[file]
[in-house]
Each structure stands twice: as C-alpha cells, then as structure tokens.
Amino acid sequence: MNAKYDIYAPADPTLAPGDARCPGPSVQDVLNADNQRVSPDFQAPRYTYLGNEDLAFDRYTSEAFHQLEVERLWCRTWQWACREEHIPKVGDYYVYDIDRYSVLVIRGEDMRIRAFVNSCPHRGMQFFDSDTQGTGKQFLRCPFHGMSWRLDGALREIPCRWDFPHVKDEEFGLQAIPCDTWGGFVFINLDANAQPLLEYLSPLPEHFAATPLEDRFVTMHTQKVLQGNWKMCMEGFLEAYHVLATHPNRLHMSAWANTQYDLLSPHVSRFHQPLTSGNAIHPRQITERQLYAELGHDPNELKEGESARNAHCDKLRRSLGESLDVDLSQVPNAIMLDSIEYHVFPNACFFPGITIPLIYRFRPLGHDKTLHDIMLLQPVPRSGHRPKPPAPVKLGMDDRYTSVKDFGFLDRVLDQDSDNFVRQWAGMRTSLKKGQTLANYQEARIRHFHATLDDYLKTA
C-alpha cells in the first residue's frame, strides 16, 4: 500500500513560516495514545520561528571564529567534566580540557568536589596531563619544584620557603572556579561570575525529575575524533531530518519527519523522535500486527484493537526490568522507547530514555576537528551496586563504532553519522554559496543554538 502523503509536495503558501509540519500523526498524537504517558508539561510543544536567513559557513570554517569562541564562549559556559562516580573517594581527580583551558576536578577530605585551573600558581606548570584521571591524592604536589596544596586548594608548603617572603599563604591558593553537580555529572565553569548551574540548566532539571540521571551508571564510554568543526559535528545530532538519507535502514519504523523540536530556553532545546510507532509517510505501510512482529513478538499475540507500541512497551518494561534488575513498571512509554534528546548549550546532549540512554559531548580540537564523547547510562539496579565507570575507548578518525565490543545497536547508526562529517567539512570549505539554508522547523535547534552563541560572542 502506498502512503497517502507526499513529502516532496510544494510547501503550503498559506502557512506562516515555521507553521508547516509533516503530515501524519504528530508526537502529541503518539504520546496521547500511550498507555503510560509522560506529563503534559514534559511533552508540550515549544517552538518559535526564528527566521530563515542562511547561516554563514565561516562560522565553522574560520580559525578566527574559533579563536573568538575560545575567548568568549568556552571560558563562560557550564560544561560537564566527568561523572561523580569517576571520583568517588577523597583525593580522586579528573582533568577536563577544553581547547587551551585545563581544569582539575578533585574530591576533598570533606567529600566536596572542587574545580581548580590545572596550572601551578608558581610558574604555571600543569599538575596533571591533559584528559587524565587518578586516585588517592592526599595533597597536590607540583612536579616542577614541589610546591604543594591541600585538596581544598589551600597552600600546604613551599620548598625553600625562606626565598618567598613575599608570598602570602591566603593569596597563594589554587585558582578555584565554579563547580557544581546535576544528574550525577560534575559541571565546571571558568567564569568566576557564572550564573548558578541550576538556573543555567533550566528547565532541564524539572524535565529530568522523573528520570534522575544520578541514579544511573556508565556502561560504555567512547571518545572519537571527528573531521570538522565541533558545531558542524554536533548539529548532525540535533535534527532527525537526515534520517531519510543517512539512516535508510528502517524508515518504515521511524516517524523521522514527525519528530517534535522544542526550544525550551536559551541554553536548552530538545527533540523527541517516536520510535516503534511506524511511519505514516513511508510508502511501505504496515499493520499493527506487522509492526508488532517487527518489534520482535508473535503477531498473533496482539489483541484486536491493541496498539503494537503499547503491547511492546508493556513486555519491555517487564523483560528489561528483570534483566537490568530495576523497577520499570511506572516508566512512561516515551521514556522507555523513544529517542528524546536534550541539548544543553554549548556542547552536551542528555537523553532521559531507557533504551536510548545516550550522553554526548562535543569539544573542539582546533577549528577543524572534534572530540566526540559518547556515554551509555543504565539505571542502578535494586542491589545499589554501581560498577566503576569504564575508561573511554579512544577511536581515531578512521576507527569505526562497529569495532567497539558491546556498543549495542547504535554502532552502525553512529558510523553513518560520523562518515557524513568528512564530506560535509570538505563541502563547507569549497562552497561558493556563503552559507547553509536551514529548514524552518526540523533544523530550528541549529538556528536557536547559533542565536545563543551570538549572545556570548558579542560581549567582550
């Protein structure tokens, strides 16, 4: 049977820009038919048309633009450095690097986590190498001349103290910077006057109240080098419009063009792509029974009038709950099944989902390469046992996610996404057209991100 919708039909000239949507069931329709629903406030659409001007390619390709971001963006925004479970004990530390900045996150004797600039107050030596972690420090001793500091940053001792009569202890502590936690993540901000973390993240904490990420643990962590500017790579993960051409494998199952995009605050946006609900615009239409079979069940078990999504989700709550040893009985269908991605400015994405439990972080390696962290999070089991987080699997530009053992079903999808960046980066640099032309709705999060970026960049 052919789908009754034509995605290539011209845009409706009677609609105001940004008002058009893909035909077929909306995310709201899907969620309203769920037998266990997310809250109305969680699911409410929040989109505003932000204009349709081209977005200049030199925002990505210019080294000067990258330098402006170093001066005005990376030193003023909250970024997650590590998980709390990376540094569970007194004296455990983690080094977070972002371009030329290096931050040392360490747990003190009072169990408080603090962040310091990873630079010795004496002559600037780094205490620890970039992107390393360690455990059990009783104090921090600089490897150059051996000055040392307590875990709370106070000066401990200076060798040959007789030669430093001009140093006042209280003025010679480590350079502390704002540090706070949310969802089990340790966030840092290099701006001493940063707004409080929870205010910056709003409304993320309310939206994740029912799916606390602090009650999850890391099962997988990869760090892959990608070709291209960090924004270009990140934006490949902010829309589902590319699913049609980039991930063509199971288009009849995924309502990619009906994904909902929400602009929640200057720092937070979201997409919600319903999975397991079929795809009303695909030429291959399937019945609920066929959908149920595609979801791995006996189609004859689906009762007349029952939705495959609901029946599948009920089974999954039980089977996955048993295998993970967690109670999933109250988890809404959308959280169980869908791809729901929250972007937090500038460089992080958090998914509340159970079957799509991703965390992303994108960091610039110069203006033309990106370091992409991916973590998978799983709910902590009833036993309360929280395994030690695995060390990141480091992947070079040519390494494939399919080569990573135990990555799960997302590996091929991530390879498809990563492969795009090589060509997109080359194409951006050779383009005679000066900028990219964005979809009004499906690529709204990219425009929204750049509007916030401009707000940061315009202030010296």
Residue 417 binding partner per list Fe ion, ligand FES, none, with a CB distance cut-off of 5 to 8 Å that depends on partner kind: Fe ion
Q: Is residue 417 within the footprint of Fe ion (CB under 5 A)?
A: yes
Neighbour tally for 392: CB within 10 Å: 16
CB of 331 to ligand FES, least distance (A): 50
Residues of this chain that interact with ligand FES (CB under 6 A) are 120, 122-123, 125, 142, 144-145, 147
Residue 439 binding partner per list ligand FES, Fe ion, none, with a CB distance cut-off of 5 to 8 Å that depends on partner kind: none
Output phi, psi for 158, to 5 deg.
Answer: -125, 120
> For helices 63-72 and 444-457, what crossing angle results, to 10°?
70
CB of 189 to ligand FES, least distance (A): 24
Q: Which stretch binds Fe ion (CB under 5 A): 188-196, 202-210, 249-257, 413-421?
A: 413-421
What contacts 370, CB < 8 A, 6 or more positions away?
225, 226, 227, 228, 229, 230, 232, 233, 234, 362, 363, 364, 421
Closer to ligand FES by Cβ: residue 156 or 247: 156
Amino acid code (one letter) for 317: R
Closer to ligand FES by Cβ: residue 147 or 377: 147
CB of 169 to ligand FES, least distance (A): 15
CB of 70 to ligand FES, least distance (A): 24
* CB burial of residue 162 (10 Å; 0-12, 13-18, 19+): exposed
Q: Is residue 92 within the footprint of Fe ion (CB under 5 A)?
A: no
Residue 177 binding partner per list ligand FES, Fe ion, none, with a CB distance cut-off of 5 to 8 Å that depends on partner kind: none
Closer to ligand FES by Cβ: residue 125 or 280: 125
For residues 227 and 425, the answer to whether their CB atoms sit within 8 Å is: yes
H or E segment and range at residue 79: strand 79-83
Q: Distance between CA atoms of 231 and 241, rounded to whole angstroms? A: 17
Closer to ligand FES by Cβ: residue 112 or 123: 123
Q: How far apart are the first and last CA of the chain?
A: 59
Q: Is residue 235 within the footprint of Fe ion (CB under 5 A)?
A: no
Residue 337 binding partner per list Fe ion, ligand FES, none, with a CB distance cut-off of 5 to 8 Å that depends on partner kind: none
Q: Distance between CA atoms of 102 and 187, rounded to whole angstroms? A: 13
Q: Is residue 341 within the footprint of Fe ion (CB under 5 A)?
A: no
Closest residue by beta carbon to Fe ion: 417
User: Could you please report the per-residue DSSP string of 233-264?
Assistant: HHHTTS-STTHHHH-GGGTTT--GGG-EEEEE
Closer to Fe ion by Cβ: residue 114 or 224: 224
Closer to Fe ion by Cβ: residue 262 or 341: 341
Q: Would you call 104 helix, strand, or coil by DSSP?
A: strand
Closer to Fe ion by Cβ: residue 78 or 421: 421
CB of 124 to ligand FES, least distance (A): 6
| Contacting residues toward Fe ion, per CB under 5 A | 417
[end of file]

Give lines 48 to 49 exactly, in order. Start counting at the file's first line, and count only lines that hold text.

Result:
Closer to Fe ion by Cβ: residue 262 or 341: 341
Q: Would you call 104 helix, strand, or coil by DSSP?